S. Toledo-Redondo and J. Fornieles acknowledge support of the Ministry of Economy and Competitiveness (MINECO) of Spain (grant FIS2017-90102-R) and of Ministry of Science and Innovation (grant PID2020-112805GA-I00). Research at IRAP was supported by CNRS, CNES, and the University of Toulouse. We acknowledge support of the ISSI teams MMS and Cluster observations of magnetic reconnection and Cold plasma of ionospheric in the Earth's magnetosphere, and of the ESAC Science faculty.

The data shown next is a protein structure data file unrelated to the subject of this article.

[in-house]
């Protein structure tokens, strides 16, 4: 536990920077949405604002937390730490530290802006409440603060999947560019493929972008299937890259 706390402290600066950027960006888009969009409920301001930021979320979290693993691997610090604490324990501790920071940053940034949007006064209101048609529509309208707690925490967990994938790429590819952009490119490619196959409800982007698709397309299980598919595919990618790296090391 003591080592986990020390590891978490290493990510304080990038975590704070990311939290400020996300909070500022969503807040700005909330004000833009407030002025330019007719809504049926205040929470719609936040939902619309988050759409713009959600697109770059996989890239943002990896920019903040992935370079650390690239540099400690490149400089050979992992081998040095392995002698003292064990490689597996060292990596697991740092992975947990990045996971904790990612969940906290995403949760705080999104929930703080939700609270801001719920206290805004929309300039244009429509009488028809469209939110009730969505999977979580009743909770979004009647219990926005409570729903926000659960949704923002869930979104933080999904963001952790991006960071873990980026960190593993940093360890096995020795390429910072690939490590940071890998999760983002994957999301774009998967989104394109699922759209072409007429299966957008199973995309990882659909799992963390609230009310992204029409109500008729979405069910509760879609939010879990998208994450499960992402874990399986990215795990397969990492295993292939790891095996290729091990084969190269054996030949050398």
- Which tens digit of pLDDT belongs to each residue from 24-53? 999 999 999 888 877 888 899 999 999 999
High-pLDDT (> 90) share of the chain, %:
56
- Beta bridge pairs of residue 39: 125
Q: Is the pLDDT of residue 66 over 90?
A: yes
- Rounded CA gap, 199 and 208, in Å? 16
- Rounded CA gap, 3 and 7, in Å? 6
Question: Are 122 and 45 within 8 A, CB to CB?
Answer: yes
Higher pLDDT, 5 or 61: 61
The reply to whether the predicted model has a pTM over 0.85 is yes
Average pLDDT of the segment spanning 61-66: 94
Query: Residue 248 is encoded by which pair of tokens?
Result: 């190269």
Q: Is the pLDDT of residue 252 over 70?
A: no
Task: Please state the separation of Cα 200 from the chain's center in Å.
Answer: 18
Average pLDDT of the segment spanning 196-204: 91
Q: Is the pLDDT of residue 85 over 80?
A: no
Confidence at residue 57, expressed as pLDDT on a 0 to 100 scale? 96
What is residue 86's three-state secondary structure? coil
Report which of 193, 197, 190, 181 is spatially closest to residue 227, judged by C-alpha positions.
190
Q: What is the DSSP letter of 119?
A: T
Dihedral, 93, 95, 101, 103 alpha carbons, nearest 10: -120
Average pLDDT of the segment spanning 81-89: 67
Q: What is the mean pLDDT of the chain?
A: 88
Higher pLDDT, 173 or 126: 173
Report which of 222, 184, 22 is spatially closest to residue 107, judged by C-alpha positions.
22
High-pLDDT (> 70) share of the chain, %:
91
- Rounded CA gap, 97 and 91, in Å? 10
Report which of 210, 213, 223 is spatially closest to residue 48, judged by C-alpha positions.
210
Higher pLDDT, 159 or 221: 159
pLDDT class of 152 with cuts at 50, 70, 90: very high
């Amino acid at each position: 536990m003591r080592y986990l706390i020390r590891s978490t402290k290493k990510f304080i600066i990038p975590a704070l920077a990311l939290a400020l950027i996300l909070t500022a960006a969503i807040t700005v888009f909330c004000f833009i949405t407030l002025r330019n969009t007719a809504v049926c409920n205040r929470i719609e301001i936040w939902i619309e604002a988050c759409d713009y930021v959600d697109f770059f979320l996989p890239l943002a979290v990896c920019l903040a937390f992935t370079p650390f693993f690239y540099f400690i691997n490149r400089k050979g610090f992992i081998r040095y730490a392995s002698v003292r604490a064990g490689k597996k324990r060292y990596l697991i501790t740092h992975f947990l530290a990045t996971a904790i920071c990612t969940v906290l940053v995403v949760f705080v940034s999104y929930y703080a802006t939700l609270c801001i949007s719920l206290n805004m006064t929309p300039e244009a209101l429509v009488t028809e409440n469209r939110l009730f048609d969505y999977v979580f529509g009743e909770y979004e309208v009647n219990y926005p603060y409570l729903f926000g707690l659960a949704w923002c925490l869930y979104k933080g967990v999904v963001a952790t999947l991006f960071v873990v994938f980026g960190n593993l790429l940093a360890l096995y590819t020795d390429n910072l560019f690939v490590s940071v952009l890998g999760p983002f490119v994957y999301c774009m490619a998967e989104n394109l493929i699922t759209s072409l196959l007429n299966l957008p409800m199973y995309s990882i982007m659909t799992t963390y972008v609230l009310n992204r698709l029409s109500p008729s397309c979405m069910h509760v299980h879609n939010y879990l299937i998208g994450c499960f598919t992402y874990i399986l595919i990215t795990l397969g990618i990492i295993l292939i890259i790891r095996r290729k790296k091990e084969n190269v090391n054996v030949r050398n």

Phenotypic-dependent variability and the emergence of tolerance in bacterial populationsMateu Camacho, JoséSireci, MatteoMuñoz Martínez, Miguel Ángelhttp://hdl.handle.net/10481/710382021-11-02T09:37:39ZPhenotypic-dependent variability and the emergence of tolerance in bacterial populations
Mateu Camacho, José; Sireci, Matteo; Muñoz Martínez, Miguel Ángel